Analysis — Championing high-quality literacy instruction: Inside Knowledge Matters’ new curriculum review tool
Barbara Davidson | November 6, 2023
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Today, the Knowledge Matters Campaign is unveiling a new K-8 English language arts curriculum review tool to advance the understanding of truly high-quality, content-rich literacy instruction. It has felt like a necessary, even urgent, resource at this pivotal moment in time.
The last year has witnessed a surge in focus on the importance of background knowledge to reading comprehension. Researchers, including Knowledge Matters’ Scientific Advisory Committee, have outlined the practices necessary to effectively cultivate content knowledge in literacy instruction, and policy analysts have lamented its absence in state legislation addressing the ‘Science of Reading’.
This has been a welcome shift in the national conversation about children’s literacy, and one we have been proud to advance.
Naturally, educators want to know how these key research insights and practices should be translated into curriculum design. In our estimation, this is where the conversation needs to be – and also where it has been coming up short. Emerging and evolving curriculum review efforts have not been precise enough in truly informing the field about what defines “knowledge building” in ELA curricula. Rubrics and guidelines that aren’t specific will only produce watered down results that confuse and disappoint. The stakes are too high not to get this right.
The new Knowledge Matters Review Tool identifies eight dimensions to high-quality, content-rich ELA curricula:
· Laser-like focus on what matters most for literacy
· Communal close reading of content-rich, challenging texts
· Systematic development of high-value academic language to support building knowledge
· A volume of reading organized around conceptually coherent texts to build knowledge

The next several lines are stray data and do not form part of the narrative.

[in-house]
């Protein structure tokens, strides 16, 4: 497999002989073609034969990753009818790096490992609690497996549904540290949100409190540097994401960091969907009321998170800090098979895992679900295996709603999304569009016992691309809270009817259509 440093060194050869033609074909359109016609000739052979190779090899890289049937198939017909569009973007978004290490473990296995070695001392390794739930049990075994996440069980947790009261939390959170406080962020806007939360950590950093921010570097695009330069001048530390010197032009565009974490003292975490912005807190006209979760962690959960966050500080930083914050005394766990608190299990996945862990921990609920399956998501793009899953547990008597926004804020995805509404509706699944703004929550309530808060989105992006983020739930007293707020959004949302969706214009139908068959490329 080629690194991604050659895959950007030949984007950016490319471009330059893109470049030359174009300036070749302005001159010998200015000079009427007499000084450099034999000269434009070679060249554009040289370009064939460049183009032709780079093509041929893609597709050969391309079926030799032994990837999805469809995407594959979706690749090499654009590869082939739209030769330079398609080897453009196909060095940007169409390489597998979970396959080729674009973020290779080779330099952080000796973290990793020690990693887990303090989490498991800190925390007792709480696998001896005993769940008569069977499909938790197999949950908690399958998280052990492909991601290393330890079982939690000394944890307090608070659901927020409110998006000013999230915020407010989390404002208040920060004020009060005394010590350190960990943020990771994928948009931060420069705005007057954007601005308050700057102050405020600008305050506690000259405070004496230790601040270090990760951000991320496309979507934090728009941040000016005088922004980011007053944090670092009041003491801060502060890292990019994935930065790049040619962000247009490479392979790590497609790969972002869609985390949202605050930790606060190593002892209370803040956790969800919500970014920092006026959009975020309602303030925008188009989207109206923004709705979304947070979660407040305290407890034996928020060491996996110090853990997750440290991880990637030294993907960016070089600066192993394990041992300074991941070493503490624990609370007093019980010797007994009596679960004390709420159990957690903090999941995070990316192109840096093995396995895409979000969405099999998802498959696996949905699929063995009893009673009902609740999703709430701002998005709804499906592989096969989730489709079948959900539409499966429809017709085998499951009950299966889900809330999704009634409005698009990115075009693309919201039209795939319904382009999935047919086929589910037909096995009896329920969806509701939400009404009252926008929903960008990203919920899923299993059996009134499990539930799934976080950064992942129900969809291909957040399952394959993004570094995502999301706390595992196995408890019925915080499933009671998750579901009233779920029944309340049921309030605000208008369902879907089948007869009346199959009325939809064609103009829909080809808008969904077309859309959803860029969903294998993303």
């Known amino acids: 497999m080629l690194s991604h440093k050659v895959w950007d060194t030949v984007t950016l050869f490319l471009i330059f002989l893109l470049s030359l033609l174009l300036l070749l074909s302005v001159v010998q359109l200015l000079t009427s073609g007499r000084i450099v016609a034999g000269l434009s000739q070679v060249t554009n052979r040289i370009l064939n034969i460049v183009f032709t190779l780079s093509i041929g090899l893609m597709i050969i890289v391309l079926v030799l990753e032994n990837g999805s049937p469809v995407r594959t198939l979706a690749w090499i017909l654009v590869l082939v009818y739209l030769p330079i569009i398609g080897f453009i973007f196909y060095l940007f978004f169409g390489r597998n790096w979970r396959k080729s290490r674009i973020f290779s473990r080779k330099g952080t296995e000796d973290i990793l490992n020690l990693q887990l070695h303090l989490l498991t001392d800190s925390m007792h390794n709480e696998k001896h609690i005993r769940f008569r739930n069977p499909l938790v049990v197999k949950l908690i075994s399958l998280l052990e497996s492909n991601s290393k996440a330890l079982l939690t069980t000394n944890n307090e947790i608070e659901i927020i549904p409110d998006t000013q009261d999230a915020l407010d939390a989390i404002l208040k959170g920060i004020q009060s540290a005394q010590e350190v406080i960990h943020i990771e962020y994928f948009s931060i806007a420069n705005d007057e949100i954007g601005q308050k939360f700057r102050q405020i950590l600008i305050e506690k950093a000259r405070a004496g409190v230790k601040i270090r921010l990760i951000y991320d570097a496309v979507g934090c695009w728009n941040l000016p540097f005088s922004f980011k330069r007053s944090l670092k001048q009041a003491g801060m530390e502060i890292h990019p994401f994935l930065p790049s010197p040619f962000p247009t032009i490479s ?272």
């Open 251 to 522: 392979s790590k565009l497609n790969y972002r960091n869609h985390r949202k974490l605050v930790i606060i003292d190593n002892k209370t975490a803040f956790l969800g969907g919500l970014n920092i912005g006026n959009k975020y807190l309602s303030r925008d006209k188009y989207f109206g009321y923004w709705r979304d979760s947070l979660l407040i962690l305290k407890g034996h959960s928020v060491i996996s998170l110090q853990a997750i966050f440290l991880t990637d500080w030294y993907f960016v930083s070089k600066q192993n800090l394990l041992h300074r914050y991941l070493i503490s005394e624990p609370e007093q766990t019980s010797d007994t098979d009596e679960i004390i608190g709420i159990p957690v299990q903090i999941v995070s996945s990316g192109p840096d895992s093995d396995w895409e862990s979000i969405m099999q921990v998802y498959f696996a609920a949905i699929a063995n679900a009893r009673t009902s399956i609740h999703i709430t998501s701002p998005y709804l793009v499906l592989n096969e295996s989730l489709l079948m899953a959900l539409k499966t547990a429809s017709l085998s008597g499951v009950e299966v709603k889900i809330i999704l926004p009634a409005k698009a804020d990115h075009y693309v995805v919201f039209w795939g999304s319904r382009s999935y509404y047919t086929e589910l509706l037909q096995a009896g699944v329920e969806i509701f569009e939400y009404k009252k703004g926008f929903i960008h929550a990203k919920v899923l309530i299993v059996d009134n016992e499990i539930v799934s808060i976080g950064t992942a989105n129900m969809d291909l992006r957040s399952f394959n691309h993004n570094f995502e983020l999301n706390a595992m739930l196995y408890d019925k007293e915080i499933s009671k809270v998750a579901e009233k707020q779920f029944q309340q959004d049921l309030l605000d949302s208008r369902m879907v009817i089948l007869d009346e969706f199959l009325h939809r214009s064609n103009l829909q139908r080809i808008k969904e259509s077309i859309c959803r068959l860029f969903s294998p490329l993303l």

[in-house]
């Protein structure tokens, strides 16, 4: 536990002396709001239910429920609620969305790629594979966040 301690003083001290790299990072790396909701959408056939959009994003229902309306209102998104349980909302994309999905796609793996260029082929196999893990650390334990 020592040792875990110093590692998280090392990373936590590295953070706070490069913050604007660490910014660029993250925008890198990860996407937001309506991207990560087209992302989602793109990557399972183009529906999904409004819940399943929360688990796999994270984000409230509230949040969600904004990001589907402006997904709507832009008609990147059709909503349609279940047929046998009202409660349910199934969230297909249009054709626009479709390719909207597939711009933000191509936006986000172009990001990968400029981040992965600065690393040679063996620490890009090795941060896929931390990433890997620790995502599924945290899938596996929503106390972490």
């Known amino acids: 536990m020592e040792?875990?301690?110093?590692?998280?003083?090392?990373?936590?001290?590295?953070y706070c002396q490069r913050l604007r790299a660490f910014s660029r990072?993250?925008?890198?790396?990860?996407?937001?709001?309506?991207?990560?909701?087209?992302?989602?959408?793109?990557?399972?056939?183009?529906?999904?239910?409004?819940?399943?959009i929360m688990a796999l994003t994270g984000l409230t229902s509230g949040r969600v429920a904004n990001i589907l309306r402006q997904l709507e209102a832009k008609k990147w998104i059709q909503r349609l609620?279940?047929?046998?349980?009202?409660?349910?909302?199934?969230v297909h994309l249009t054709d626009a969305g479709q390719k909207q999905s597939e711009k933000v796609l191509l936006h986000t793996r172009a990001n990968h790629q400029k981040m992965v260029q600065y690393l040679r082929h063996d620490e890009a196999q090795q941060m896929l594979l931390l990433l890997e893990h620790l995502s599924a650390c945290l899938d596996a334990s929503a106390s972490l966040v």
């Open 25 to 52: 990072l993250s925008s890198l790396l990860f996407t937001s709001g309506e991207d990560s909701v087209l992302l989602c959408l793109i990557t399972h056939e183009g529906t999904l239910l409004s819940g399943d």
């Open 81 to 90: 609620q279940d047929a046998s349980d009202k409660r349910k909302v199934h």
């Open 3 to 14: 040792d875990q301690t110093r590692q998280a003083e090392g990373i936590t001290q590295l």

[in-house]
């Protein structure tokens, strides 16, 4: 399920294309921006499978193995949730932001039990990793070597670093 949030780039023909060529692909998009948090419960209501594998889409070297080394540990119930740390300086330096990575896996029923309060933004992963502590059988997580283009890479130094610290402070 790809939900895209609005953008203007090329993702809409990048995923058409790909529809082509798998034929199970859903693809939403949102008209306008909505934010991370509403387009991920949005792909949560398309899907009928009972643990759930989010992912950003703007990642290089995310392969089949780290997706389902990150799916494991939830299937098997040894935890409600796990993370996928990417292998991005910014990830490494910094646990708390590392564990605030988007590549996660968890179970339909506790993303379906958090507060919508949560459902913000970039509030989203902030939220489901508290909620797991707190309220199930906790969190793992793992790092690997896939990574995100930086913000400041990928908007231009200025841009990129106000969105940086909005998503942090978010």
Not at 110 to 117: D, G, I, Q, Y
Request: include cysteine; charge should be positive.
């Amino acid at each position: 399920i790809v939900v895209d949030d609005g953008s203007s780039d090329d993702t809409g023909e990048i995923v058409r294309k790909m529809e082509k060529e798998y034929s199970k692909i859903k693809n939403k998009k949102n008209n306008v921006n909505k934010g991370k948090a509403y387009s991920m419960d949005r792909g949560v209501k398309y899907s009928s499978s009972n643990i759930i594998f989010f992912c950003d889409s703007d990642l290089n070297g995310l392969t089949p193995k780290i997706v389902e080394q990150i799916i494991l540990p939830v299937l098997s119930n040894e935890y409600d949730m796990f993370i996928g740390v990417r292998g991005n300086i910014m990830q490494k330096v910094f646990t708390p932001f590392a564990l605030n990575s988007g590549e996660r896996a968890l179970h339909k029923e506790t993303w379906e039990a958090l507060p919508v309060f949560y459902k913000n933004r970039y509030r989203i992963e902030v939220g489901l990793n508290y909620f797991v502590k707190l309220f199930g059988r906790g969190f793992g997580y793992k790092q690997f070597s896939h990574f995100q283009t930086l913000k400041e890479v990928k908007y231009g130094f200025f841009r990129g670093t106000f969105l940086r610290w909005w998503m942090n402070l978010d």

· Regular discussions grounded in texts and topics to build knowledge
· A volume of writing to build knowledge
· Targeted supports to ensure all students have access to challenging, grade-level content
· Ease of enacting curriculum
The Knowledge Matters Campaign recognizes eight K-8 ELA programs that have distinguished themselves across each of these eight dimensions. While they differ greatly in their details, all of them do a far better job of building content knowledge than the ELA programs in widest use across the country, including some that have received positive reviews for alignment to standards.
This new tool is a natural progression of the Knowledge Matters Campaign’s efforts to demonstrate what “good” looks like from the perspectives of leading experts and pioneering educators. The voices we’ve captured in our School Tour visits have shown that schools using these curricula are particularly special learning environments, characterized by high-levels of student engagement and support for teachers in making the shift to this way of teaching. By illuminating the design principles behind excellent reading and writing instruction, we hope to advance the pace at which this kind of learning experience, which is far more equitable to students, becomes the norm, rather than the exception, in US schools.
As we add transparency to our review approach, we also wanted to add transparency to our review process. In fact, this tool has a proud heritage.
The authors of the Knowledge Matters Review Tool, Susan Pimentel (StandardsWorks co-founder), David Liben, and Meredith Liben, have a long and storied history of illuminating for educators how standards and curriculum work together. This team served as lead and contributing authors on the Common Core English Language Arts standards, then as authors of the original Publisher’s Criteria and Instructional Shifts that drove the design and development of some of the highest quality ELA curriculum on the market today. For over a decade, these three individuals led important work to support the implementation of college and career-ready standards at Student Achievement Partners.
Sue, David, and Meredith’s work is marked by their careful analysis of research paired with a deep understanding of classroom instruction. This trio’s expertise has brought excellence to our work: first, in the thoughtful curation of leading curricula in the space, and now, in the development of a tool that can be used by the field to make their own assessments.
Our hope now is that more educators and decision makers use this tool to inform their curriculum choices and recognize that the highest-quality curriculum is the scalable, equitable path to ensure strong readers.